Texas adds nearly 78,000 jobs in February as jobless rate drops
Texas added 77,800 nonfarm payrolls in February, and the state’s unemployment rate fell again as COVID-19 cases fell and the economic expansion continued to gain momentum.
Texas’ economy was given a big boost by rising oil and gas prices as the fallout from Russia’s invasion of Ukraine spread.
Texas added 4,500 mining and logging jobs, a 2.3% gain in February. According to Texas Labor Commission.
Last month saw broad-based strength in the labor market, with notable growth in both the goods-producing and services-producing sectors. Texas also added 40,000 people to the civilian workforce, which is important for filling thousands of open jobs in the state. And Texas’ unemployment rate was 4.7%, down 0.1 percentage points from January.
“It looks like the job market in Texas is running at full speed,” said Pia Orrenius, senior economist at the Federal Reserve Bank of Dallas. “We have healthy job growth and good labor force growth, and the unemployment rate is down. What’s not to love?
February’s monthly job gains were the highest since October and November, before the omicron variant swept through the state and sent hospitalizations soaring. January job gains were also revised up from 29,000 to over 50,000, suggesting that the Texas economy has weathered the omicron wave better than expected.
“The economy appears to be becoming more resilient to COVID,” Orrenius said.
Texas surpassed its pre-pandemic employment peak in November, surpassing 13 million non-farm employees, and it recorded nearly 13.2 million workers last month. It is now in expansion mode with jobs growing 0.6% in February, faster than US job growth for the month.
The unemployment rate in the United States, at 3.8% in February, remains below the unemployment rate in Texas and has been lower for many months. Texas’ higher unemployment rate may actually be a boon for a state that is creating jobs at a rapid pace, especially with rising wages.
“There’s a little slack there, and maybe we can get those workers back into the workforce,” Orrenius said.
Texas still had 675,000 unemployed workers in February, nearly 200,000 more than before the pandemic. And the main goods-producing sectors – mining and logging, construction and manufacturing – all remain below pre-pandemic employment levels.
The hard-hit leisure and hospitality industry also has fewer workers than before the pandemic.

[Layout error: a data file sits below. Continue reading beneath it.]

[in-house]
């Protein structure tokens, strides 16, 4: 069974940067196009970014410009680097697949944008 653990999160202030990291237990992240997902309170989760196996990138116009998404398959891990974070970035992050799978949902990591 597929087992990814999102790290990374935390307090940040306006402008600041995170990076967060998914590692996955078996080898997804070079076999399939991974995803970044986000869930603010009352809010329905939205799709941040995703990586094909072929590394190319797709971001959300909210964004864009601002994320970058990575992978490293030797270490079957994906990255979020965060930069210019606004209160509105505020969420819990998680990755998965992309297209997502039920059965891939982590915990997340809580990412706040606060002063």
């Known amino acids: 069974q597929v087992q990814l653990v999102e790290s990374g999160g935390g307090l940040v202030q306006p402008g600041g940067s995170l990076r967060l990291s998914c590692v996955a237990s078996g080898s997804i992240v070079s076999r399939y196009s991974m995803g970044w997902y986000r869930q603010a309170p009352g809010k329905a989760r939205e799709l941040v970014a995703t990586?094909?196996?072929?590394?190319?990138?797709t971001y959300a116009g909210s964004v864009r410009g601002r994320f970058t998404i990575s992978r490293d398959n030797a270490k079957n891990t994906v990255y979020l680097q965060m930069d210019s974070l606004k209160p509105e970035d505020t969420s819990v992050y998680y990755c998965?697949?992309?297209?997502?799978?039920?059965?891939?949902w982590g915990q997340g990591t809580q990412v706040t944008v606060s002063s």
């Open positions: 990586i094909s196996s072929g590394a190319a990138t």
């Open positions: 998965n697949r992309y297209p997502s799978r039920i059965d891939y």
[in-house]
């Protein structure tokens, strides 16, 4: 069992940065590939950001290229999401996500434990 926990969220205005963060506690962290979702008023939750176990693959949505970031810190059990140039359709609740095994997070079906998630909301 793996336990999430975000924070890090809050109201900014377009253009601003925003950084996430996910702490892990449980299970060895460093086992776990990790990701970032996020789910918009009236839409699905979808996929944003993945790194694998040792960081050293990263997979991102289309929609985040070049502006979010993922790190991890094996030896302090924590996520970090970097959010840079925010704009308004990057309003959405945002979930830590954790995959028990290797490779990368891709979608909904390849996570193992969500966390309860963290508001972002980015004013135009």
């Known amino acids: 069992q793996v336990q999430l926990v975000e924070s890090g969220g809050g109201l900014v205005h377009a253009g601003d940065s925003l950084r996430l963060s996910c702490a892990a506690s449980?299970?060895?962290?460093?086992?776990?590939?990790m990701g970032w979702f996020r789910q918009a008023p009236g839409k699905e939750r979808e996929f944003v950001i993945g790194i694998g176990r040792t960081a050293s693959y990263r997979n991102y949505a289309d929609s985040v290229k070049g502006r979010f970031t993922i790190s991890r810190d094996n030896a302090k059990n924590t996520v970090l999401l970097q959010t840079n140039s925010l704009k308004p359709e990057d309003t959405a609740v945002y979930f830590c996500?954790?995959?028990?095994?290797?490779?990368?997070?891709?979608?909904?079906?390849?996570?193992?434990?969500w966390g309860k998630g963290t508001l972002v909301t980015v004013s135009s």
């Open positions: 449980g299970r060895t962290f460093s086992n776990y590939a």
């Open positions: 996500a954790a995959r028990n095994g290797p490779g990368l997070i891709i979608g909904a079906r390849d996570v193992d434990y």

But all these sectors are coming together. Leisure and hospitality added 17,400 jobs last month. Manufacturing added 6,300 jobs and construction 5,900.
On the service side, over 18,000 jobs were added in trade, transport and utilities, a giant sector with over 2.6 million employees. Professional and business services gained 16,800 jobs and financial activities added 10,100 jobs.
The segment that includes health care added 7,200 positions.
The rise in mining and logging jobs, up 2.3%, was among the industry’s largest gains in nearly a decade, said Bruce Bullockdirector of the Maguire Energy Institute at Southern Methodist University.
“It’s a very good sign for the oil and gas sector,” Bullock said. “The biggest challenge has been finding trained people – and getting them back to work.”
The Russian invasion, followed by sanctions on its oil and gas production, has rattled energy markets. Higher gas, heat and electricity prices are a burden for many consumers, but they’re providing a tailwind for the Texas economy.
On Friday, the Dallas Fed raised its growth outlook for Texas by about 1 percentage point for the first semester. Citing recent increases in energy prices, he now predicts Texas will add 440,200 jobs in 2022.
The war and its fallout remain a major economic threat to the state, the nation, and the world. They also added more problems to supply chains, which were already slowing global production and driving up prices.
If there were fewer constraints on the supply chain, Bullock said, “the number of new jobs would be significantly higher.”
The public sector was among the few to lose workers last month with a drop of 6,900 jobs. One explanation is that private employers are winning the bidding wars for talent.
“In these tight labor markets, the government is really at a disadvantage because they’re not as flexible on wages,” Orrenius said. “They can’t raise wages as quickly as the private sector.”
Among Texas metros, Austin had the lowest unemployment rate in February, at 3.3%, not seasonally adjusted. The rate in Dallas-Plano-Irving was 4% and 4.2% in Fort Worth-Arlington, according to the labor commission.
McAllen had an unemployment rate of 8.4% in February and Beaumont’s rate was 8%.